Deciphering the genome of polyphosphate accumulating actinobacterium Microlunatus phosphovorus.

Kawakoshi A, Nakazawa H, Fukada J, Sasagawa M, Katano Y, Nakamura S, Hosoyama A, Sasaki H, Ichikawa N, Hanada S, Kamagata Y, Nakamura K, Yamazaki S, Fujita N - DNA Res. (2012)

Polyamine metabolism and related enzymes. Shadows indicate enzymes for which putative genes were predicted in the M. phosphovorus genome. Polyamine species that were mainly detected in M. phosphovorus cells57 are indicated by asterisks.
© Copyright Policy - creative-commons
Related In: Results  -  Collection

License
Show All Figures
getmorefigures.php?uid=PMC3473371&req=5

DSS020F3: Polyamine metabolism and related enzymes. Shadows indicate enzymes for which putative genes were predicted in the M. phosphovorus genome. Polyamine species that were mainly detected in M. phosphovorus cells57 are indicated by asterisks.
Mentions: Polyamines are synthesized from l-arginine or l-ornithine via reactions catalysed by arginine decarboxylase (SpeA) and agmatine ureohydrolase (SpeB) or ornithine decarboxylase (SpeC) (Fig. 3). The synthesized putrescine is then converted to spermidine and spermine in the reactions catalysed by spermidine synthase (SpeE) and spermine synthase, respectively, although spermine synthase has not been found in prokaryotes thus far.56 In the M. phosphovorus genome, putative speA (MLP_07520) and speB (MLP_15750) were identified but did not form a gene cluster. Although speB is conserved among actinobacteria, speA or its homologues are rarely identified in actinobacteria. In addition, similarities of M. phosphovorus speA to non-actinobacterial genes are modest, with amino acid identities less than 33%, obscuring the exact origin of this gene. In contrast, the homologue of speE, which is usually present in actinobacteria, was not identified in the M. phosphovorus genome.Figure 3.

Bottom Line: The number of genes for polyP metabolism was greater in M. phosphovorus than in other actinobacteria; it possesses genes for four polyP kinases (ppks), two polyP-dependent glucokinases (ppgks), and three phosphate transporters (pits).Furthermore, M. phosphovorus lacks the phaABC genes for PHA synthesis and the actP gene encoding an acetate/H(+) symporter, both of which play crucial roles in anaerobic PHA accumulation in proteobacterial PAOs.Thus, while the general features of M. phosphovorus regarding aerobic polyP accumulation are similar to those of proteobacterial PAOs, its anaerobic polyP use and PHA synthesis appear to be different.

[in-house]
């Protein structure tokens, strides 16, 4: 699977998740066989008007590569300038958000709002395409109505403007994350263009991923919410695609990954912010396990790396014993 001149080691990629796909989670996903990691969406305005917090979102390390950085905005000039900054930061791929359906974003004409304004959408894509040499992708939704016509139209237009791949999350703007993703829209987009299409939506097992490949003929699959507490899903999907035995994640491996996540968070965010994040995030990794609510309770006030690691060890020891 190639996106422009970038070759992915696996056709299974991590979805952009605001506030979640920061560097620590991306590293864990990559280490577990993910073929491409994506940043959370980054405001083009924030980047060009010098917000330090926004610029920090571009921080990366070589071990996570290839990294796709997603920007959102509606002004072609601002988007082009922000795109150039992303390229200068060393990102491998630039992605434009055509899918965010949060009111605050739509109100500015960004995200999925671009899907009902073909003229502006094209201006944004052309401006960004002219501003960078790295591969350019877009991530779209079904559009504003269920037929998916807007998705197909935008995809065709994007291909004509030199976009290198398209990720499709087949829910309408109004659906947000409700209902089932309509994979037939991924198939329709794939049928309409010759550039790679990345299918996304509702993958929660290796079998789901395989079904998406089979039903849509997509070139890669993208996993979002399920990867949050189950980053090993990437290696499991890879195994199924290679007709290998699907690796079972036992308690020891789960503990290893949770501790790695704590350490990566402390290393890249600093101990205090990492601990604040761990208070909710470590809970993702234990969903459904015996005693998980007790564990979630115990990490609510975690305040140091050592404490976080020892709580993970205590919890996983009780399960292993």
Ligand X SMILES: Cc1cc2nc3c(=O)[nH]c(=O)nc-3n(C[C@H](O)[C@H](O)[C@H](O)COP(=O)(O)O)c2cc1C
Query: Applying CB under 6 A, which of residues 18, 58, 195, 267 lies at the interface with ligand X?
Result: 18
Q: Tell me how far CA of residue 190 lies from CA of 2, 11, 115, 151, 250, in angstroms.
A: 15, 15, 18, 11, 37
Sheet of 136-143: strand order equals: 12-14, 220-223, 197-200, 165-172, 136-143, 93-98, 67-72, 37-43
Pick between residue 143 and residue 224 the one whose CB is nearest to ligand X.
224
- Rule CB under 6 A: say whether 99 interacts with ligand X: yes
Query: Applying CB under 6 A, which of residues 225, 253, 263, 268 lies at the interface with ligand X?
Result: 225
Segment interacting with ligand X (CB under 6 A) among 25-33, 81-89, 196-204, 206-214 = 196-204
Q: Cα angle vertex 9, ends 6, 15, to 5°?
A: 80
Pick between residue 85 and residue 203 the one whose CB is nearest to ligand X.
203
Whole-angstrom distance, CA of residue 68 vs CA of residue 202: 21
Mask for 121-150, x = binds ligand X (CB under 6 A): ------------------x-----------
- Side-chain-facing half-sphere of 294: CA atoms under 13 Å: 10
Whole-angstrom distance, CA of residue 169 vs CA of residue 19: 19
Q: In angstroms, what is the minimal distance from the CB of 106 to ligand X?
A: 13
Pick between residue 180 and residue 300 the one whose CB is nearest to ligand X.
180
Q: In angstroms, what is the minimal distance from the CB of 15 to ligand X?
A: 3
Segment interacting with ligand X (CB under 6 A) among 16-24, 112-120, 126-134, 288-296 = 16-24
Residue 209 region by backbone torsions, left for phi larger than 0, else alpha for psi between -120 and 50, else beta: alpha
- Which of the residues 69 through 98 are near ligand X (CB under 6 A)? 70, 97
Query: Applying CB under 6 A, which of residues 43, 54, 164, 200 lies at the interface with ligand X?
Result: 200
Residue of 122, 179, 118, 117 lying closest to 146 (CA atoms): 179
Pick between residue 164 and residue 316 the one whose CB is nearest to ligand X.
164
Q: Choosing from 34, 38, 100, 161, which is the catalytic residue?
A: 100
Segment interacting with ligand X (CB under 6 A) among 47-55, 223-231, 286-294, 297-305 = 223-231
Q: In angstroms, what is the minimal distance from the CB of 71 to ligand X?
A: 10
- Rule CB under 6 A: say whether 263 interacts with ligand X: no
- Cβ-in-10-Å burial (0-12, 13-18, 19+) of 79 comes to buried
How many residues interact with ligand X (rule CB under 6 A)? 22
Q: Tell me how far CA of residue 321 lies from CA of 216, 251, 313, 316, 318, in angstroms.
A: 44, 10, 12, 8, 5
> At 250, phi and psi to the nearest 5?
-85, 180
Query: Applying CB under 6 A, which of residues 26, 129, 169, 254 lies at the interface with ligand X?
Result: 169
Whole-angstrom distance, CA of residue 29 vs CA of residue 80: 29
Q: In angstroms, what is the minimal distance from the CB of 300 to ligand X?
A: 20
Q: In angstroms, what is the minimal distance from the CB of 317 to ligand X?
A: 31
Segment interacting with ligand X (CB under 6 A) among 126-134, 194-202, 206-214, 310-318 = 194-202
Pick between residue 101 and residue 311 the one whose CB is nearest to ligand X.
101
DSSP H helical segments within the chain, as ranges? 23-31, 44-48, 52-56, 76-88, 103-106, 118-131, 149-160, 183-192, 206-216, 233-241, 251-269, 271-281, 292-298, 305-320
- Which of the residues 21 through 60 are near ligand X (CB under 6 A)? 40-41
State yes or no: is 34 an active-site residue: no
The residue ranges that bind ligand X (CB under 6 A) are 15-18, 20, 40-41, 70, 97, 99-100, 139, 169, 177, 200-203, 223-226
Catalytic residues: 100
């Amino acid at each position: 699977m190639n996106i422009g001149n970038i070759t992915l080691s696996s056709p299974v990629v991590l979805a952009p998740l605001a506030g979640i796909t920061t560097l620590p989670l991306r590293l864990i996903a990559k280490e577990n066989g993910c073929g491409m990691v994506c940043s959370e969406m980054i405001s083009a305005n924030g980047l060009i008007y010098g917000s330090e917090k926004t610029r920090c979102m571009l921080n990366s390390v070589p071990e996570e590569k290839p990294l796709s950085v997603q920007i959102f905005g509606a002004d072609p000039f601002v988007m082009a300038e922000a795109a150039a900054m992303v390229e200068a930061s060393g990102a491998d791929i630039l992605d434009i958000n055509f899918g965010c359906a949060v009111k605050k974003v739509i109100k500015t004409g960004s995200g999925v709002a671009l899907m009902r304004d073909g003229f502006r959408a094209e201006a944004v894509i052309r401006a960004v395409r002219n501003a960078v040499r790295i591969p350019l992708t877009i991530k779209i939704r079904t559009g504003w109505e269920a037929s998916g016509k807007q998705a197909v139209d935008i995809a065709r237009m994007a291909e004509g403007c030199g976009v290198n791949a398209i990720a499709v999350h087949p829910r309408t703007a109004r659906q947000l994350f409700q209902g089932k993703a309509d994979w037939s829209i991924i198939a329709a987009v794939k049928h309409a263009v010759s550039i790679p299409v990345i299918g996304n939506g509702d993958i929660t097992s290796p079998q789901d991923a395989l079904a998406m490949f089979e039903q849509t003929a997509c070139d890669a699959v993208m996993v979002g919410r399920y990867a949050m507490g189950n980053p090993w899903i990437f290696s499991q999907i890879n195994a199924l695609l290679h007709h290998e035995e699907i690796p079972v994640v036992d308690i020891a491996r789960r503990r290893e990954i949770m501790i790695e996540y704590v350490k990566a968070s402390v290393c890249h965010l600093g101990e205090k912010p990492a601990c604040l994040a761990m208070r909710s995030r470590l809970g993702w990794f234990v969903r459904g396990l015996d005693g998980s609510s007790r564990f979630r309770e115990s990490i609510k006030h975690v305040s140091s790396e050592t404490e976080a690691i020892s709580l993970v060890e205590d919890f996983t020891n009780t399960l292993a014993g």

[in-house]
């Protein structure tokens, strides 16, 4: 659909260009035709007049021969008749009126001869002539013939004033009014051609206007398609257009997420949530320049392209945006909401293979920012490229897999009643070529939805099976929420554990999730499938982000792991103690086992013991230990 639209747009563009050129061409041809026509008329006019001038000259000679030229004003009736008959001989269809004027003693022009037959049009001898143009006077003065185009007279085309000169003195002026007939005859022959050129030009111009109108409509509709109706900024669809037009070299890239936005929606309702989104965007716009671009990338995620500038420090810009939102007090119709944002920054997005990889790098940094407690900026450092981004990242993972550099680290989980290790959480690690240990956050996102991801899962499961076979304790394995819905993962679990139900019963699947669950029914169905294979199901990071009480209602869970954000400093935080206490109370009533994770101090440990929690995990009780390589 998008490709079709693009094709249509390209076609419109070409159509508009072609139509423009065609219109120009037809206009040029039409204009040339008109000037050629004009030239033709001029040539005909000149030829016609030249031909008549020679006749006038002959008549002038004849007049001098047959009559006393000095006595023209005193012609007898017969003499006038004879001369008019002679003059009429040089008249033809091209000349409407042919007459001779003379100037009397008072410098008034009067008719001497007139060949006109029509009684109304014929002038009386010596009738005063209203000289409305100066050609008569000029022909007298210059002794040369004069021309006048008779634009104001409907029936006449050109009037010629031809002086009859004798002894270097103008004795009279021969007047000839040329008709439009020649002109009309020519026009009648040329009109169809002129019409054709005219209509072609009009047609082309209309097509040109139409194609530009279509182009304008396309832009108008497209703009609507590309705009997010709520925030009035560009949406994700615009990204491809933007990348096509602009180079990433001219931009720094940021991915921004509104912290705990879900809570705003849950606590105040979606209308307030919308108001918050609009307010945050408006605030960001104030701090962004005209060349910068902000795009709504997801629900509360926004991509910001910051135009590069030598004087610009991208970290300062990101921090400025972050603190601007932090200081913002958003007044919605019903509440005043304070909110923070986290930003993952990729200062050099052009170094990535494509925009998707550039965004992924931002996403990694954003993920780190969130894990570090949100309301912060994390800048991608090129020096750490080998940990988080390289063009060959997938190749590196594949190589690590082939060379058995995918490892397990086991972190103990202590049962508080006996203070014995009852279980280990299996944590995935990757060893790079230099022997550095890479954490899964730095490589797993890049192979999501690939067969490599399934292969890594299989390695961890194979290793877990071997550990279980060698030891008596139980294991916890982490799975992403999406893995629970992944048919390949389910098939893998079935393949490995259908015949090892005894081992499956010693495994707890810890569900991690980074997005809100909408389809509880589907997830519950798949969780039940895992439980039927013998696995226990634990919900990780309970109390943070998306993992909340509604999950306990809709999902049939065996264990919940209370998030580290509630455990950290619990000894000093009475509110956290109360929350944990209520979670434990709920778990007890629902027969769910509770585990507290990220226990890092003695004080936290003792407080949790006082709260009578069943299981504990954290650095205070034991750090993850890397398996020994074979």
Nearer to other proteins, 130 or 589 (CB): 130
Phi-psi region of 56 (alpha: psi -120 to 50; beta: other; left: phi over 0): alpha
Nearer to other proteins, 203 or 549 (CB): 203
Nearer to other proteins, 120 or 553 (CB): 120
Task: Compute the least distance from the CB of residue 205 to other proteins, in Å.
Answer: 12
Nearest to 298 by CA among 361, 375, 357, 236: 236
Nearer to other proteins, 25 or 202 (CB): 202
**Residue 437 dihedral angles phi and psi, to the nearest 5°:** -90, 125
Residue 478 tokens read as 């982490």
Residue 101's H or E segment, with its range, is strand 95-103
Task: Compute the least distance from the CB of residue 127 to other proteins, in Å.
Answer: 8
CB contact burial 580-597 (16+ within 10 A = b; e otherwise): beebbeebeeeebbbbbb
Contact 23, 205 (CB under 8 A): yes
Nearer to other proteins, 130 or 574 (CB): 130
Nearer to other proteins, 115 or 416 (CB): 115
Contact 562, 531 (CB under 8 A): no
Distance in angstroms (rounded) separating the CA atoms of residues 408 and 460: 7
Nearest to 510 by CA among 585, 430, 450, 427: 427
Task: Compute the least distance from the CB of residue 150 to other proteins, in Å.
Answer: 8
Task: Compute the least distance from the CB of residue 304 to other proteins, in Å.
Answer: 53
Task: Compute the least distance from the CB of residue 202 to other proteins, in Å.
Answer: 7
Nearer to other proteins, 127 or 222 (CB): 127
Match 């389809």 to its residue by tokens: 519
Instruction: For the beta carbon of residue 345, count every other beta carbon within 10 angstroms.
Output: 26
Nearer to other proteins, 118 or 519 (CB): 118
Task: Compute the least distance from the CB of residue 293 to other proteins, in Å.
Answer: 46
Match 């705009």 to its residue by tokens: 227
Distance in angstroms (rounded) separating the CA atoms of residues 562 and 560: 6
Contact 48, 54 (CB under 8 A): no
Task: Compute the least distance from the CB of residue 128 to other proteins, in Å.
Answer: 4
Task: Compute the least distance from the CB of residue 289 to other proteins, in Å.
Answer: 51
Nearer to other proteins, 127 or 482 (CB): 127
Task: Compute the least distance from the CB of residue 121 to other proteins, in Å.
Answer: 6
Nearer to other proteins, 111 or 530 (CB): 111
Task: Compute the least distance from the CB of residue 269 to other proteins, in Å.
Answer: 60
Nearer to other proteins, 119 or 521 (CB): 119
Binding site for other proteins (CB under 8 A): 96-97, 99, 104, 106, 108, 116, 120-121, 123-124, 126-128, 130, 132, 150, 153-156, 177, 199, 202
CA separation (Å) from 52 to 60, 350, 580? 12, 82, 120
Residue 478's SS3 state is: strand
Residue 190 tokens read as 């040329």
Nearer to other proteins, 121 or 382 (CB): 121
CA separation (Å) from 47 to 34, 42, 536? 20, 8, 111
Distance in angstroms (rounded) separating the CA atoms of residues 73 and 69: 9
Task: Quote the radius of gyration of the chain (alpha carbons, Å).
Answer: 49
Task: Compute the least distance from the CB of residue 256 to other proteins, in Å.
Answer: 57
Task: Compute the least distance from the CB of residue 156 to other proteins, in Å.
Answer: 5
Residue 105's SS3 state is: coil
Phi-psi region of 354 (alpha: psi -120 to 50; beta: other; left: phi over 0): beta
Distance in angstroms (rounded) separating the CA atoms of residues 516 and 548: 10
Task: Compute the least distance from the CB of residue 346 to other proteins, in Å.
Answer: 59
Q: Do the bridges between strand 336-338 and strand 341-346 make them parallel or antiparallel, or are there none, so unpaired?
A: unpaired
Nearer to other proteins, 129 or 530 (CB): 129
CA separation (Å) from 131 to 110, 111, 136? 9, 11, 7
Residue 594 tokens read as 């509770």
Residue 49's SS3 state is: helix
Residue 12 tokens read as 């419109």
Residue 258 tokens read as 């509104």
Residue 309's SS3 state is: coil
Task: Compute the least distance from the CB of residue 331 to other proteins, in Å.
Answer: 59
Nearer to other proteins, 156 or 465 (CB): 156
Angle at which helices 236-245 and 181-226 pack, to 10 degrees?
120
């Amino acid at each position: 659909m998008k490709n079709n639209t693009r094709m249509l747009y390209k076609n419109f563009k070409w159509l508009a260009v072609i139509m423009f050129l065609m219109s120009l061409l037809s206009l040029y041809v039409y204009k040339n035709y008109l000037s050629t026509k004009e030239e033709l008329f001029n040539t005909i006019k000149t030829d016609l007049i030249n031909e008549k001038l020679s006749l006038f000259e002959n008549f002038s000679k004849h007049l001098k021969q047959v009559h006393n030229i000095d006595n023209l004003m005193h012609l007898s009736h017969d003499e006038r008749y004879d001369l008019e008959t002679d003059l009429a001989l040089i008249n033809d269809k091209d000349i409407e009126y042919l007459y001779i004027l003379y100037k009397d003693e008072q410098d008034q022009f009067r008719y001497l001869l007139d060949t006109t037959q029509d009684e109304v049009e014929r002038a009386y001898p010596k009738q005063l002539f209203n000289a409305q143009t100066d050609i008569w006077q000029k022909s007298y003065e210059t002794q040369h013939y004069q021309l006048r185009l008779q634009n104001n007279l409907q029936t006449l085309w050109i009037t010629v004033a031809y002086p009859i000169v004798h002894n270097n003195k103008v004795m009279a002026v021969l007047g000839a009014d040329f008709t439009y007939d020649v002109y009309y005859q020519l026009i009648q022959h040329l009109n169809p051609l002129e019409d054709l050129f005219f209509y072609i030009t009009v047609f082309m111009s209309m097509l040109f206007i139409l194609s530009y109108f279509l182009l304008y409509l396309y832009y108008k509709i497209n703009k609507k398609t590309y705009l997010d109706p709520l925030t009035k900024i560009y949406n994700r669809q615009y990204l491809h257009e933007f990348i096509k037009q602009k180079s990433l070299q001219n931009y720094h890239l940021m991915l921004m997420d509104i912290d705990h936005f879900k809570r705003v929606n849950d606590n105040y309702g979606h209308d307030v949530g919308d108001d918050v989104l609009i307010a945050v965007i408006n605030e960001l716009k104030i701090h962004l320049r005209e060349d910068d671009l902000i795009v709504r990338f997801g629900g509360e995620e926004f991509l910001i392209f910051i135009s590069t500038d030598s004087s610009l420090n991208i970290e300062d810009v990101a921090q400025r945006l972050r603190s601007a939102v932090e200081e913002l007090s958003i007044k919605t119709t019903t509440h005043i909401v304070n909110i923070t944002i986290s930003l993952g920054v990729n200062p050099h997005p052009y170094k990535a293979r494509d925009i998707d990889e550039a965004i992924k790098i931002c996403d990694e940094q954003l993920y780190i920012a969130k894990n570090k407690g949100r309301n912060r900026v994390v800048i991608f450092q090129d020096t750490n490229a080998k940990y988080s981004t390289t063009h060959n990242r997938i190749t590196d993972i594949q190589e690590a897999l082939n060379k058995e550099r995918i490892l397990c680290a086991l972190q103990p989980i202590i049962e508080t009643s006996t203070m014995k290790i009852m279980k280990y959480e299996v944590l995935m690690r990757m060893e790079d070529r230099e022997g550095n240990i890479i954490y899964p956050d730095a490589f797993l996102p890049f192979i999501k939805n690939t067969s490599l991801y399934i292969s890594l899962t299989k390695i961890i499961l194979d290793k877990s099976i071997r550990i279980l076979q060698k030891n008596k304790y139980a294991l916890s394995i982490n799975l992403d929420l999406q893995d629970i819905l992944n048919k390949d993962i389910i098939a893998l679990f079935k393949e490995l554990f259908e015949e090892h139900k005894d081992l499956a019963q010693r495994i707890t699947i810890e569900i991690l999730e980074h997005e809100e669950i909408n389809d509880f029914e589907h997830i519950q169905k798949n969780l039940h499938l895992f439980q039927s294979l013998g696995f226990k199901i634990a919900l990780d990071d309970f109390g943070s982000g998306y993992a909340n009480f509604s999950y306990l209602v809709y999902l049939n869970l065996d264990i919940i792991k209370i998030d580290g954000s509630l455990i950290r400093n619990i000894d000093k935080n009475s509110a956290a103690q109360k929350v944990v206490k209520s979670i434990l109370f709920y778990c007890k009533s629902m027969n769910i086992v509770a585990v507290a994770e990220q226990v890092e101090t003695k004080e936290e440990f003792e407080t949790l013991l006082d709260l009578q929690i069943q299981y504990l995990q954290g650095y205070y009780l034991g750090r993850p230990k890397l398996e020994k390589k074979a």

View Article: PubMed Central - PubMed

Affiliation: Biological Resource Center, National Institute of Technology and Evaluation, 2-10-49 Nishihara, Tokyo 151-0066, Japan.

ABSTRACT
Polyphosphate accumulating organisms (PAOs) belong mostly to Proteobacteria and Actinobacteria and are quite divergent. Under aerobic conditions, they accumulate intracellular polyphosphate (polyP), while they typically synthesize polyhydroxyalkanoates (PHAs) under anaerobic conditions. Many ecological, physiological, and genomic analyses have been performed with proteobacterial PAOs, but few with actinobacterial PAOs. In this study, the whole genome sequence of an actinobacterial PAO, Microlunatus phosphovorus NM-1(T) (NBRC 101784(T)), was determined. The number of genes for polyP metabolism was greater in M. phosphovorus than in other actinobacteria; it possesses genes for four polyP kinases (ppks), two polyP-dependent glucokinases (ppgks), and three phosphate transporters (pits). In contrast, it harbours only a single ppx gene for exopolyphosphatase, although two copies of ppx are generally present in other actinobacteria. Furthermore, M. phosphovorus lacks the phaABC genes for PHA synthesis and the actP gene encoding an acetate/H(+) symporter, both of which play crucial roles in anaerobic PHA accumulation in proteobacterial PAOs. Thus, while the general features of M. phosphovorus regarding aerobic polyP accumulation are similar to those of proteobacterial PAOs, its anaerobic polyP use and PHA synthesis appear to be different.

Show MeSH
Related in: MedlinePlus